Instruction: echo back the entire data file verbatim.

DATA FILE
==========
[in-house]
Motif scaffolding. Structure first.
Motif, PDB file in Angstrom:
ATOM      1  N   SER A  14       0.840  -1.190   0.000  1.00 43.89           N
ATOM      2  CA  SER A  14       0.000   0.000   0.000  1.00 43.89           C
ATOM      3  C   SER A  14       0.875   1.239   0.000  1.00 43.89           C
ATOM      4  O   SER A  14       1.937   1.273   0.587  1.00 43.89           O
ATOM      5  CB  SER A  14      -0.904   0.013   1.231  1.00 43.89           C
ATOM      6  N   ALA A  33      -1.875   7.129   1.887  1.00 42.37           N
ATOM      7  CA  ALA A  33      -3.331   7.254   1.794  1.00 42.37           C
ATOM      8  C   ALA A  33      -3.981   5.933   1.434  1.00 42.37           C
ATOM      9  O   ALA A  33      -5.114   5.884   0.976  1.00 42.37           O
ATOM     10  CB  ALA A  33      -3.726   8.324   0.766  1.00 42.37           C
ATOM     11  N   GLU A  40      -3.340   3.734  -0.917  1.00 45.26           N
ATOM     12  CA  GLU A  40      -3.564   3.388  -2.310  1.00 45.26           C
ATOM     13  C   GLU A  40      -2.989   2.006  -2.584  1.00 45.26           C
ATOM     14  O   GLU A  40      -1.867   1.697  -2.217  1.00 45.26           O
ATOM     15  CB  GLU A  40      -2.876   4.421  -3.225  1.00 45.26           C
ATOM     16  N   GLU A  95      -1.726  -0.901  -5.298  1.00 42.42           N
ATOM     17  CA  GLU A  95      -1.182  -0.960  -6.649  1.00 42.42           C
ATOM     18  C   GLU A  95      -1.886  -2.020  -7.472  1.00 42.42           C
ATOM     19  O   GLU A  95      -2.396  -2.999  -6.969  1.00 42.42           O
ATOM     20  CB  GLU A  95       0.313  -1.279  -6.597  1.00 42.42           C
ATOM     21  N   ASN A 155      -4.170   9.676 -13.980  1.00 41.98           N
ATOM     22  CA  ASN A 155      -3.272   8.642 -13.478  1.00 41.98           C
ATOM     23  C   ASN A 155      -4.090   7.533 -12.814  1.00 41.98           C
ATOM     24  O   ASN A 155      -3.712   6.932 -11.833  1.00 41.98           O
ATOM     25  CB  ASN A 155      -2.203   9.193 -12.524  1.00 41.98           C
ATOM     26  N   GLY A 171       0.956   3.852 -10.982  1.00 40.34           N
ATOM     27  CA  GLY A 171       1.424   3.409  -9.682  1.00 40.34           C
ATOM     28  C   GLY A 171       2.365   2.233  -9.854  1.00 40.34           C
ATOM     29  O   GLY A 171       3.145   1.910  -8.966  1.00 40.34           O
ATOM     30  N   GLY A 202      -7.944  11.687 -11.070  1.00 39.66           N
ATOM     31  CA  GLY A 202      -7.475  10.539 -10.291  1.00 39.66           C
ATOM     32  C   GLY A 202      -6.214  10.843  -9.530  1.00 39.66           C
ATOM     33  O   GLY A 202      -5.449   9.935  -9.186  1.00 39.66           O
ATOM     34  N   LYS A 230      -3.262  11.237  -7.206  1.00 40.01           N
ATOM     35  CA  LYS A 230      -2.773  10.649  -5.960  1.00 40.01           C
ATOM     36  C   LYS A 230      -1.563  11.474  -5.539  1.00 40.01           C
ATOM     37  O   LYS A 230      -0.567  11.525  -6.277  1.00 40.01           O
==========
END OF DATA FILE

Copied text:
[in-house]
Motif scaffolding. Structure first.
Motif, PDB file in Angstrom:
ATOM      1  N   SER A  14       0.840  -1.190   0.000  1.00 43.89           N
ATOM      2  CA  SER A  14       0.000   0.000   0.000  1.00 43.89           C
ATOM      3  C   SER A  14       0.875   1.239   0.000  1.00 43.89           C
ATOM      4  O   SER A  14       1.937   1.273   0.587  1.00 43.89           O
ATOM      5  CB  SER A  14      -0.904   0.013   1.231  1.00 43.89           C
ATOM      6  N   ALA A  33      -1.875   7.129   1.887  1.00 42.37           N
ATOM      7  CA  ALA A  33      -3.331   7.254   1.794  1.00 42.37           C
ATOM      8  C   ALA A  33      -3.981   5.933   1.434  1.00 42.37           C
ATOM      9  O   ALA A  33      -5.114   5.884   0.976  1.00 42.37           O
ATOM     10  CB  ALA A  33      -3.726   8.324   0.766  1.00 42.37           C
ATOM     11  N   GLU A  40      -3.340   3.734  -0.917  1.00 45.26           N
ATOM     12  CA  GLU A  40      -3.564   3.388  -2.310  1.00 45.26           C
ATOM     13  C   GLU A  40      -2.989   2.006  -2.584  1.00 45.26           C
ATOM     14  O   GLU A  40      -1.867   1.697  -2.217  1.00 45.26           O
ATOM     15  CB  GLU A  40      -2.876   4.421  -3.225  1.00 45.26           C
ATOM     16  N   GLU A  95      -1.726  -0.901  -5.298  1.00 42.42           N
ATOM     17  CA  GLU A  95      -1.182  -0.960  -6.649  1.00 42.42           C
ATOM     18  C   GLU A  95      -1.886  -2.020  -7.472  1.00 42.42           C
ATOM     19  O   GLU A  95      -2.396  -2.999  -6.969  1.00 42.42           O
ATOM     20  CB  GLU A  95       0.313  -1.279  -6.597  1.00 42.42           C
ATOM     21  N   ASN A 155      -4.170   9.676 -13.980  1.00 41.98           N
ATOM     22  CA  ASN A 155      -3.272   8.642 -13.478  1.00 41.98           C
ATOM     23  C   ASN A 155      -4.090   7.533 -12.814  1.00 41.98           C
ATOM     24  O   ASN A 155      -3.712   6.932 -11.833  1.00 41.98           O
ATOM     25  CB  ASN A 155      -2.203   9.193 -12.524  1.00 41.98           C
ATOM     26  N   GLY A 171       0.956   3.852 -10.982  1.00 40.34           N
ATOM     27  CA  GLY A 171       1.424   3.409  -9.682  1.00 40.34           C
ATOM     28  C   GLY A 171       2.365   2.233  -9.854  1.00 40.34           C
ATOM     29  O   GLY A 171       3.145   1.910  -8.966  1.00 40.34           O
ATOM     30  N   GLY A 202      -7.944  11.687 -11.070  1.00 39.66           N
ATOM     31  CA  GLY A 202      -7.475  10.539 -10.291  1.00 39.66           C
ATOM     32  C   GLY A 202      -6.214  10.843  -9.530  1.00 39.66           C
ATOM     33  O   GLY A 202      -5.449   9.935  -9.186  1.00 39.66           O
ATOM     34  N   LYS A 230      -3.262  11.237  -7.206  1.00 40.01           N
ATOM     35  CA  LYS A 230      -2.773  10.649  -5.960  1.00 40.01           C
ATOM     36  C   LYS A 230      -1.563  11.474  -5.539  1.00 40.01           C
ATOM     37  O   LYS A 230      -0.567  11.525  -6.277  1.00 40.01           O